This passivity is troubling. One wonders whether it has something to do with Rebecca's falling from her mount when she first spies her promised husband. The trait is so pronounced that one modern rabbi - Avi Weiss - has speculated whether Isaac was afflicted with Downs Syndrome. (This is something of a polemical point with him, not a serious historical or midrashic one, since Rabbi Weiss has had a long and noble involvement in the effort to bring Jews with mental and other disabilities into the religious community.) But, as with people with Downs, Isaac's passivity appears to be tied to some very positive traits. In spite of their troubled history, Isaac clearly has a positive relationship with Ishmael and Hagar. Isaac waits for his bride in Be'er le-Hai Ro'i; this is where Hagar had her comforting visitation from the angel when she fled from Sarah's harrassment, and where, according to midrash, she had settled, and Isaac was paying her a visit there. (After Abraham's death, Isaac settles in the same area.) And when Abraham dies, Isaac and Ishmael bury their father together in the cave. Abraham clearly feared that his son, Isaac, would not be able to hold his own against his half-brothers. While Sarah made him send off Ishmael, no one forced him to send off his numerous sons by his later concubine, Keturah. He did it of his own volition, while he was alive, and presumably in order to shield Isaac from the threat that they would seize his inheritance, since Isaac was named sole heir in Abraham's will. In any event, while that may have been prudent, it is striking that Ishmael - who overran all his brothers, and became a great king - seems to have remained on basically good terms with Isaac, his passive, simple and holy younger brother.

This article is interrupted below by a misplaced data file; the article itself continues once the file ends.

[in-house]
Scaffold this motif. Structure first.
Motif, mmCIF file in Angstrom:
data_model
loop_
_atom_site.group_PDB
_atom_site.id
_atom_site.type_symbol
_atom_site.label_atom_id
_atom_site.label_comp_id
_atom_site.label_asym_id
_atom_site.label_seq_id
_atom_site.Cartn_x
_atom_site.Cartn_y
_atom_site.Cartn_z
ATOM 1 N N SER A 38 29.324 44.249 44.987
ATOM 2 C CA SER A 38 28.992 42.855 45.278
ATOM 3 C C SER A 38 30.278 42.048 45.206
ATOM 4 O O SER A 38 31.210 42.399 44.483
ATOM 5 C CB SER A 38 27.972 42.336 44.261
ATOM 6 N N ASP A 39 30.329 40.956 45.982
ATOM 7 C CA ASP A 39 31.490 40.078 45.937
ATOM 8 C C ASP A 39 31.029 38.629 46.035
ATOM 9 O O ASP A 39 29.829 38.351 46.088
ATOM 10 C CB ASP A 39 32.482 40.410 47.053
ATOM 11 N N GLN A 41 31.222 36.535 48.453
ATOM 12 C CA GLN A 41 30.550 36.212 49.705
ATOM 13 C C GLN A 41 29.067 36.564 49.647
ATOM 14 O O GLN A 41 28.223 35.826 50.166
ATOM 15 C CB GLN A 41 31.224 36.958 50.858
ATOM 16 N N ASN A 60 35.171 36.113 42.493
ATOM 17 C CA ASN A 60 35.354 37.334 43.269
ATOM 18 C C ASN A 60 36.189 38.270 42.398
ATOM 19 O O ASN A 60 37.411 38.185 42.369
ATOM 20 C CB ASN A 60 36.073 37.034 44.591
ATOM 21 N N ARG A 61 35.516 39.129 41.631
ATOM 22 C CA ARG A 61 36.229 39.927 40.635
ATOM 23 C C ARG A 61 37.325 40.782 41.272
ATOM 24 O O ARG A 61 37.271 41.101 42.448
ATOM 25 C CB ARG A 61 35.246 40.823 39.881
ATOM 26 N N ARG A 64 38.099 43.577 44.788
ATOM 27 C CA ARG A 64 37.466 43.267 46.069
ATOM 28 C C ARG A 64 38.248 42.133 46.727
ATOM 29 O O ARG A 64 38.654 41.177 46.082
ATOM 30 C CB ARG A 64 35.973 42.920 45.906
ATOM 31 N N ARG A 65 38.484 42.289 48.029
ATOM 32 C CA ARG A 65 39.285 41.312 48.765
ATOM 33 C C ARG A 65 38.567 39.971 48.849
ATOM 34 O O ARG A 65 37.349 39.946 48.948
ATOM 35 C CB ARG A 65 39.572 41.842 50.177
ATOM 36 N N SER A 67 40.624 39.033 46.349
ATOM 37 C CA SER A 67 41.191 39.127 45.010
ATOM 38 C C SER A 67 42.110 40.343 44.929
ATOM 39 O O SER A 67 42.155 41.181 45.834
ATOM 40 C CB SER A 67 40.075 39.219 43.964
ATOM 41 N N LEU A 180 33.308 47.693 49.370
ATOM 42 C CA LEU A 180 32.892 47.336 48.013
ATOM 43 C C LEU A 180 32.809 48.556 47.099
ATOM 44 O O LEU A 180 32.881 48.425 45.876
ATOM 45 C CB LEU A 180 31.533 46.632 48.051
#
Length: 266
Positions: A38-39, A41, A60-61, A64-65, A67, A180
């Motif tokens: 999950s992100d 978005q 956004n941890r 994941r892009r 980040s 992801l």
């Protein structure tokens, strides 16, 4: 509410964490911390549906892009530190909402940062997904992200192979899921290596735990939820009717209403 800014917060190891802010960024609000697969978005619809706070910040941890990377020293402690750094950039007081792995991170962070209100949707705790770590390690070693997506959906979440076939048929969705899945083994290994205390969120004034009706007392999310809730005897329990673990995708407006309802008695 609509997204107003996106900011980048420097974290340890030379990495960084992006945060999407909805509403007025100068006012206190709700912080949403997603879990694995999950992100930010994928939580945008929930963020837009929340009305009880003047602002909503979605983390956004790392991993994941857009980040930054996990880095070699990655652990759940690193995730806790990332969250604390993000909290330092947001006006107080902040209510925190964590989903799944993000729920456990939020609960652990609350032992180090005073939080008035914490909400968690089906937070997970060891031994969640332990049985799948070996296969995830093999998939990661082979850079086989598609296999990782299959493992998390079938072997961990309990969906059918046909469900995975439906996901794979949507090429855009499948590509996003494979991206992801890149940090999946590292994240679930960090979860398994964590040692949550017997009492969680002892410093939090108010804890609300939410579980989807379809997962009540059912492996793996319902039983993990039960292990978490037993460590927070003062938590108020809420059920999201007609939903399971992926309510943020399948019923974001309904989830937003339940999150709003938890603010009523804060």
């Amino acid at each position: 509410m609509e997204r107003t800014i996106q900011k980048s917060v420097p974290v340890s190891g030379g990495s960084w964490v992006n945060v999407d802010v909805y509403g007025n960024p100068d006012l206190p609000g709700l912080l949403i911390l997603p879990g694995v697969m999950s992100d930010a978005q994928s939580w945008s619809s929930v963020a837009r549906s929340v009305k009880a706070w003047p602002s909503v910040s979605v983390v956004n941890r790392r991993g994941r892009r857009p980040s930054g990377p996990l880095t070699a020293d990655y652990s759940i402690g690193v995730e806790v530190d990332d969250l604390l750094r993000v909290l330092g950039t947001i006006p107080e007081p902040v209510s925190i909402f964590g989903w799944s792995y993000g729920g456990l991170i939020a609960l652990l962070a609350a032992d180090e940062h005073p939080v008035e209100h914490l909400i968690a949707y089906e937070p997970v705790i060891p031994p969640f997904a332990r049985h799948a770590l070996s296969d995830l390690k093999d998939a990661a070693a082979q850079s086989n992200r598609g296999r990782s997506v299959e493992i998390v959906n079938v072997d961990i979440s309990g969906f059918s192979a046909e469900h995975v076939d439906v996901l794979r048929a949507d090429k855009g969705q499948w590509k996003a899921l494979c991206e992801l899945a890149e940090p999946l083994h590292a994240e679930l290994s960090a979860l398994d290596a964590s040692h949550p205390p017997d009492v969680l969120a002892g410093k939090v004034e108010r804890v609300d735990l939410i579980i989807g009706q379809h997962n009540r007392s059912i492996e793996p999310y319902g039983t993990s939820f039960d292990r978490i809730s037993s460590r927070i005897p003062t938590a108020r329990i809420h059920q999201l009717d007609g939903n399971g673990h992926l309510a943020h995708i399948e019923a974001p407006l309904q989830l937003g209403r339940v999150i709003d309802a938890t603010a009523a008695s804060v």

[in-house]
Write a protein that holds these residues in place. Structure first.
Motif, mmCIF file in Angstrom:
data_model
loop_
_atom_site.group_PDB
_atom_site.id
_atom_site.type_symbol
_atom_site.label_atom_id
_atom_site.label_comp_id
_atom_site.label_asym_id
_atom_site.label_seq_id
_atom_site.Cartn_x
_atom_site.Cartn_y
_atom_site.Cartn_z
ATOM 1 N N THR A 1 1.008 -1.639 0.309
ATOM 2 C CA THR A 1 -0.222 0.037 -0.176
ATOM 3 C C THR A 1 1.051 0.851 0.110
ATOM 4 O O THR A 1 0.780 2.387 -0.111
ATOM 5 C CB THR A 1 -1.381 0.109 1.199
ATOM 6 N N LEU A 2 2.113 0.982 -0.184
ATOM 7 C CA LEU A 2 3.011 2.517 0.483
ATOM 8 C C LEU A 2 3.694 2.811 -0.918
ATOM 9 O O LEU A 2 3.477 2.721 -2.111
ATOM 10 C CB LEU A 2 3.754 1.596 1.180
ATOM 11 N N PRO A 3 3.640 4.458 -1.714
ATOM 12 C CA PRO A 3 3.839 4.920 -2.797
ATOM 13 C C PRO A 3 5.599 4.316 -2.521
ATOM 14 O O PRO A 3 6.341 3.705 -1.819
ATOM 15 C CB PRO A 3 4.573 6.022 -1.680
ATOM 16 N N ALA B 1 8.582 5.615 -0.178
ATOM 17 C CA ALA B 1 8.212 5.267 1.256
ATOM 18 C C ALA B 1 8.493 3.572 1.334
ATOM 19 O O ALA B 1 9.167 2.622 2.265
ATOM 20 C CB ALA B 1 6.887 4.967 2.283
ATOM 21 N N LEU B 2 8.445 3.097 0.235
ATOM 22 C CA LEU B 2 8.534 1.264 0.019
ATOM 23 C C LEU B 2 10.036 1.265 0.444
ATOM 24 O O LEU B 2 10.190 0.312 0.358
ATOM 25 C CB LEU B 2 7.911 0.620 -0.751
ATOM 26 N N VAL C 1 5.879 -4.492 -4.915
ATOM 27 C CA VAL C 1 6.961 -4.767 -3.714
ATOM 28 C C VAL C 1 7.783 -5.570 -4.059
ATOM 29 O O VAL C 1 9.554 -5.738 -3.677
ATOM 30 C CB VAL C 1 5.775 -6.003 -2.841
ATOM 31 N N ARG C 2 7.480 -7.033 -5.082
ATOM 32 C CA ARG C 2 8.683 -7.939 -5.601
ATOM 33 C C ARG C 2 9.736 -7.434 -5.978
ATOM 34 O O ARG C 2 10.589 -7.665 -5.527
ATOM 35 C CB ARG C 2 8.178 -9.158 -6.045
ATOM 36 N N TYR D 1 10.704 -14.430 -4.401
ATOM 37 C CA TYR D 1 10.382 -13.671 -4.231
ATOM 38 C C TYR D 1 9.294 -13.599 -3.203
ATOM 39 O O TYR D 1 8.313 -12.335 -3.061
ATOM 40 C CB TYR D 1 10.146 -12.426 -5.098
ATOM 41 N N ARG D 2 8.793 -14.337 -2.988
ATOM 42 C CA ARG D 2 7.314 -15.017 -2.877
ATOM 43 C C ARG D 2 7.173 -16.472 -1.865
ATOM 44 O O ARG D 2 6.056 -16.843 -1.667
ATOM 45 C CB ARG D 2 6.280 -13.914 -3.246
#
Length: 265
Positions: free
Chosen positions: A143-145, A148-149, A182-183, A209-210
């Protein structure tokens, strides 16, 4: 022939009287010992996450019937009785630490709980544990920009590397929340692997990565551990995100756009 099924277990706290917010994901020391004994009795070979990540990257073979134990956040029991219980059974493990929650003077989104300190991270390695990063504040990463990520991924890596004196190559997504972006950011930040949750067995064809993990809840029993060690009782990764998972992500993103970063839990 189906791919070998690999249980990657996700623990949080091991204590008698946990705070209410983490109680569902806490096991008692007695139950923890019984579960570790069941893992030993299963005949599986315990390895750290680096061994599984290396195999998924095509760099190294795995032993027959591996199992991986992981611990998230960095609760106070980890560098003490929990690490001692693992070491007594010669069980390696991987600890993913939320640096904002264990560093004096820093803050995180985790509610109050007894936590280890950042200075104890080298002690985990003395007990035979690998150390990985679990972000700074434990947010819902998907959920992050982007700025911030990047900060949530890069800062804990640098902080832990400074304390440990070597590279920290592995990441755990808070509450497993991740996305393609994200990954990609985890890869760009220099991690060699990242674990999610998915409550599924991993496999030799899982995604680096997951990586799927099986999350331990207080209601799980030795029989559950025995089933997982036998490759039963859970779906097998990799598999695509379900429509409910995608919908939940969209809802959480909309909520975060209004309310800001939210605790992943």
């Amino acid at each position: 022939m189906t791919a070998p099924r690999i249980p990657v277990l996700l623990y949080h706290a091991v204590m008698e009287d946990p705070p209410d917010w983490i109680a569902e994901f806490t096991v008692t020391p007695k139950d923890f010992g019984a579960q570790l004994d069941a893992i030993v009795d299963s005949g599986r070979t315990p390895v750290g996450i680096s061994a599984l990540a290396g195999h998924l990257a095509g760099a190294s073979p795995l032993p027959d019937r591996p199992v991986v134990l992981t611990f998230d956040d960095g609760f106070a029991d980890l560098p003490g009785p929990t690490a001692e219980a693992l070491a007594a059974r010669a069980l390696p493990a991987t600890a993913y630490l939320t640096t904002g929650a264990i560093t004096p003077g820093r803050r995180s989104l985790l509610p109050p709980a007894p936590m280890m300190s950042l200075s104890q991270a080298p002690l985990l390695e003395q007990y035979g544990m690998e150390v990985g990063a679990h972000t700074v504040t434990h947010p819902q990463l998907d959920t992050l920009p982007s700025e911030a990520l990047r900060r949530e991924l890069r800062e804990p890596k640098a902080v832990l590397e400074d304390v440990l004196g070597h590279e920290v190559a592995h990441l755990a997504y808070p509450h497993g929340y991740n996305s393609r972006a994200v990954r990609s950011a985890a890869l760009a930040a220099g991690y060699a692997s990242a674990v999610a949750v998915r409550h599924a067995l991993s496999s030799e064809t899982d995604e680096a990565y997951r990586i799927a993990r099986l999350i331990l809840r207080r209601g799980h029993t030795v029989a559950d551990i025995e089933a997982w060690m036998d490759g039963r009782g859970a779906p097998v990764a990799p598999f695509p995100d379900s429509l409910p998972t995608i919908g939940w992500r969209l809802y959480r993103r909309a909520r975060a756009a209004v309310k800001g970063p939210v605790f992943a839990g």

(Another aside: each of the patriarchs is responsible for inaugurating one of the three daily prayer services. Abraham, who waited outside his tent in the morning for the visiting angels, is responsible for the longest service, the shacharit or dawn service. Isaac, who meditated in the field at the onset of evening, is responsible for the minchah, or afternoon service (aside with the aside: I believe the root of the word is the same as the word for "rest" which would suggest that this is the "siesta" service!). And Jacob is responsible for the ma'ariv or evening service, said after dark which is, according to the Jewish reckoning, actually the beginning of the next day. Since the shacharit service is ideally said at dawn, at the beginning of one's day, and the ma'ariv can be said at the very end of the day, before retiring, they fit neatly into the daily routine. The minchah service, on the other hand, is a break in the routine. One who regularly prays the minchah service is therefore considered to be particularly pious. Another point in Isaac's favor - and again, I think, not unconnected with his general unworldliness and consequent passivity.)
Abraham dies satisfied - "full" literally. The bible does not say this of many other men. (Does it say it of any?) The contrast to Jacob, who becomes Israel, is particularly striking; when Jacob meets Pharaoh in his old age, all he can do when asked his age is to summarize the woes and misery of his life ("few and evil have been the days of the life of your servant"). I wonder if seeing Isaac living near Hagar gave him comfort and satisfaction when he knew that he, Abraham, would soon be sleeping beside Sarah.